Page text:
|| BS13110 |
|| MICROBES AND MAN |
|| 2007/2008 |
|| Dr Gareth W Griffith |
|| Semester 2 |
|| Mr Arwyn Edwards, Professor Charles J Newbold, Dr Helen Marshall, Dr Hazel M Davey |
|| BG13110 |
| Course delivery
|| Lecture || 17 x 1 h lectures |
|| Practical || 4 x 2 hours practicals (duplicated) |
|Assessment Type||Assessment Length/Details||Proportion|
|Semester Exam||2 Hours written semester examination. ||70%|
|Semester Assessment|| Continuous assessment of practicals via multiple choice tests.||30%|
|Supplementary Assessment||2 Hours 2 hour written examination; re-submission of failed course work or alternative (as determined by the exam board).||100%|
On completion of the module the student should be able to
evaluate the importance of micro-organisms in biogeochemical cycling and biotechnology
explain how micro-organisms interact with other organisms, including humans, as pathogens and mutualists.
describe the diversity of life forms within the eukaryotic and prokaryotic micro-organisms
demonstrate practical skills in handling micro-organisms
The lecture course begins with a discussion of the three domains of life and includes a comparison of prokaryotes and eukaryotes. Most of the genetic and metabolic diversity of living organisms is microbial and this is highlighted from the outset of the module. Applied aspects of microbiology, which have direct relevance to man, such as the importance of microbes in fermented foods (e.g. wine, cheeses etc.), in pharmaceutical production (e.g. penicillin/enzymes) and as biocontrol agents is discussed.
The prokaryotic Bacteria and Archaea are introduced, emphasising morphology, physiology and ecology and concluding with examination of their role in human diseases. The structure and life cycles of viruses are explored and their role in disease and ecosystem function is investigated.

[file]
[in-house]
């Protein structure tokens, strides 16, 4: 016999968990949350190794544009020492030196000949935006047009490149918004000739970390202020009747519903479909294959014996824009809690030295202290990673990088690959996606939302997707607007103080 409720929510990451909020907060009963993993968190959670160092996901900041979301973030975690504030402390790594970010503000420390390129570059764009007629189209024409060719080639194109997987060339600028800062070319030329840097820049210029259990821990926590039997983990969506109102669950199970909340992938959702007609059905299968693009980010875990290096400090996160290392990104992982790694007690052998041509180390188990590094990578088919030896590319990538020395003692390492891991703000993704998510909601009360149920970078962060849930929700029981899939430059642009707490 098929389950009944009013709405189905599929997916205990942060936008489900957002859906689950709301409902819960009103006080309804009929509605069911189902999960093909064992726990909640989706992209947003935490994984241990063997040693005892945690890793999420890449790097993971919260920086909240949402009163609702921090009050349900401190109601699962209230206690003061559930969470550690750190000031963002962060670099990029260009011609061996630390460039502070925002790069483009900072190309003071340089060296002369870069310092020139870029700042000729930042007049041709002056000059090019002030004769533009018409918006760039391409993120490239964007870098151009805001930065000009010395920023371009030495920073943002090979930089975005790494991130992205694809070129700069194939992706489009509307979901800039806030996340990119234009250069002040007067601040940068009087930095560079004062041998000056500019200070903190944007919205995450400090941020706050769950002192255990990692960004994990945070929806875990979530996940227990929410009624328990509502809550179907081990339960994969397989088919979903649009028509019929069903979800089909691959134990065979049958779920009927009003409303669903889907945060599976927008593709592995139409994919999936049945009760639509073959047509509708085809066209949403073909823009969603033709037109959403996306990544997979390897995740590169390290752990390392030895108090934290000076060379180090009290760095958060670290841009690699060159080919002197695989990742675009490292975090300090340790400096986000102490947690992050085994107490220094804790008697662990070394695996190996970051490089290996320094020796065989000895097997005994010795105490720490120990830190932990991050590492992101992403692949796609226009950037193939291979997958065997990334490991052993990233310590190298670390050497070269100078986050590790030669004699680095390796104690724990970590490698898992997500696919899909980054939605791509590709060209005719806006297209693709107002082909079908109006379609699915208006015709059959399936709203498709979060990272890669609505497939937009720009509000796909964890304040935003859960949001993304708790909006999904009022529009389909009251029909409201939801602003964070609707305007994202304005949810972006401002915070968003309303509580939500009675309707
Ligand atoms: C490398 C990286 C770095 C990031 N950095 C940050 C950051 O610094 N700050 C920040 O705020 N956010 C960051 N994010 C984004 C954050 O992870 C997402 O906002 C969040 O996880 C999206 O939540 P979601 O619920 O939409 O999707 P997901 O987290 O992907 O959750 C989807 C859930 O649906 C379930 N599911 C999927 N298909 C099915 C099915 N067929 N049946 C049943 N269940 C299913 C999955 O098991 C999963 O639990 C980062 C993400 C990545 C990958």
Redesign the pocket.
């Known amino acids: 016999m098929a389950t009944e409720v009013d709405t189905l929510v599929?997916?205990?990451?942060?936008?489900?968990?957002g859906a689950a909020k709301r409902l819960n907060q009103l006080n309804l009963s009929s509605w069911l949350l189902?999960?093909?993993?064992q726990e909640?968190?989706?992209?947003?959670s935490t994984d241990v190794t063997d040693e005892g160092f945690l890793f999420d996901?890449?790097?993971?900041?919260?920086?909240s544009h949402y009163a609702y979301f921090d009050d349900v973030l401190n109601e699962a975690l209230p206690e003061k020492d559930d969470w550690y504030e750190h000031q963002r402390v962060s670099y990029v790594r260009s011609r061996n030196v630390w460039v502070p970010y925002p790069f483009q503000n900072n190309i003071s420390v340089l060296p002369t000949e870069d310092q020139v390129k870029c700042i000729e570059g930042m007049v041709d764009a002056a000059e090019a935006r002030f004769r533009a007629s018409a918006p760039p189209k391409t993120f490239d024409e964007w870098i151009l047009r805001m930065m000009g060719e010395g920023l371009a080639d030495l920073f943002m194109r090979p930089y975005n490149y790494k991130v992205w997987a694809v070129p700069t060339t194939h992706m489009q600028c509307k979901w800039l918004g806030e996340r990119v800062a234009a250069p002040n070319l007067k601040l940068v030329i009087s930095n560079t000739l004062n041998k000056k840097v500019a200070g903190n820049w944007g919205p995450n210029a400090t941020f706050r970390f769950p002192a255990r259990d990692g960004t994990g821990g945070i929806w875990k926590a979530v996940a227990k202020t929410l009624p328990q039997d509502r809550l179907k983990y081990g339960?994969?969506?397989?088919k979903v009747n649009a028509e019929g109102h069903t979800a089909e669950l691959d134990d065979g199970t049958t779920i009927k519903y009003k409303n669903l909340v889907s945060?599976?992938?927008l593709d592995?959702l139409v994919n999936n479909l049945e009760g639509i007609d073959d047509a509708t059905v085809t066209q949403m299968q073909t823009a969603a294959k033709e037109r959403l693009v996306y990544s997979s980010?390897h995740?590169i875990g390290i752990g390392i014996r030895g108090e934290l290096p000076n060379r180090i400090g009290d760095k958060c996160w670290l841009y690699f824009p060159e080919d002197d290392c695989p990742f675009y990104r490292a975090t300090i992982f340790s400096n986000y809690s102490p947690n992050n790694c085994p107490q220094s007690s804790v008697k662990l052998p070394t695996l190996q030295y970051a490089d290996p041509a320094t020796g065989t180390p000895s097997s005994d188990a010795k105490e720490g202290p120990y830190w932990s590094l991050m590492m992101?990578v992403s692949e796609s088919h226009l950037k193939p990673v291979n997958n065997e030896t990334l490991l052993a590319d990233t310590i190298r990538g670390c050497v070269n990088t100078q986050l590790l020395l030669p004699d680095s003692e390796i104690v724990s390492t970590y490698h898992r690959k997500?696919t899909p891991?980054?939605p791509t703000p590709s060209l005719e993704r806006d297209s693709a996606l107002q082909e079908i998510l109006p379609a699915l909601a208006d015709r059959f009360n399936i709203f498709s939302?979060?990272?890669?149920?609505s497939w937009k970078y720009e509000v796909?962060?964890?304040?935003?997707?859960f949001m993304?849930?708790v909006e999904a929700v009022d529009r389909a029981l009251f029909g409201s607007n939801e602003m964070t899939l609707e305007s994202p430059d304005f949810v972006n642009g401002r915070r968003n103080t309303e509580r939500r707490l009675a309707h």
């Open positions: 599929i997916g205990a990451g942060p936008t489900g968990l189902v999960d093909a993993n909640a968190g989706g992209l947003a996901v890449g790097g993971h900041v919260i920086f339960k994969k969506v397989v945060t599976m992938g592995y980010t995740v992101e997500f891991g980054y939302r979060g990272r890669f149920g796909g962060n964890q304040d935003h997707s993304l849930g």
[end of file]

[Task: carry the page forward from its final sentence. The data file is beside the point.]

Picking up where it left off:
The kingdom Fungi is introduced through a survey of the major groups. This set of lectures discusses the classification of living organisms are classified and the diversity of form, genetic systems and life strategies. Fungal growth is examined beginning with the hyphal tip and ending with a discussion of the organisation of the fungal mycelium. This section of the module concludes with an overview of the role of fungi in terrestrial decomposition, in plant disease and as mutualistic symbionts of plants and animals.
The final section of the course explores the diversity of form and function of photosynthetic micro-organisms, introducing both photosynthetic prokaryotes and eukaryotes (algae). Cell ultrastructure, morphology, growth and reproduction, nitrogen fixation and heterocyst function in cyanobacteria are then considered.
Practical classes illustrate and consolidate aspects of the lecture course. Students will use light microscopy to examine a range of micro-organisms. Students will gain key skills in the safe handling of micro-organisms through simple experimental investigations. By the end of the course students will have acquired basic knowledge of sterile handling techniques by the end of the course. Video microscopy is extensively used to help in interpretation of the practical material. Practicals are assessed by means of tests within the practical classes.
This module is designed to introduce students to the diversity of microbial life and the importance of micro-organisms as pathogens, as mutualists (e.g. animal digestive systems, mycorrhizas etc.) in biotechnology (food manufacturing, pharmaceuticals, etc.) and in ecosystem function.
** Recommended Text
Campbell, N. and Reece, J. (2005) Biology
7. Benjamin Cummings Publishers
** Reference Text
Deacon, J. W. (1999.) Modern mycology /J.W. Deacon.
Blackwell Scientific 0632030771
Madigan, Michael T. (2006.) Brock biology of microorganisms /Michael T. Madigan, John M. Martinko.
Pearson Education 0131968939
This module is at CQFW Level 4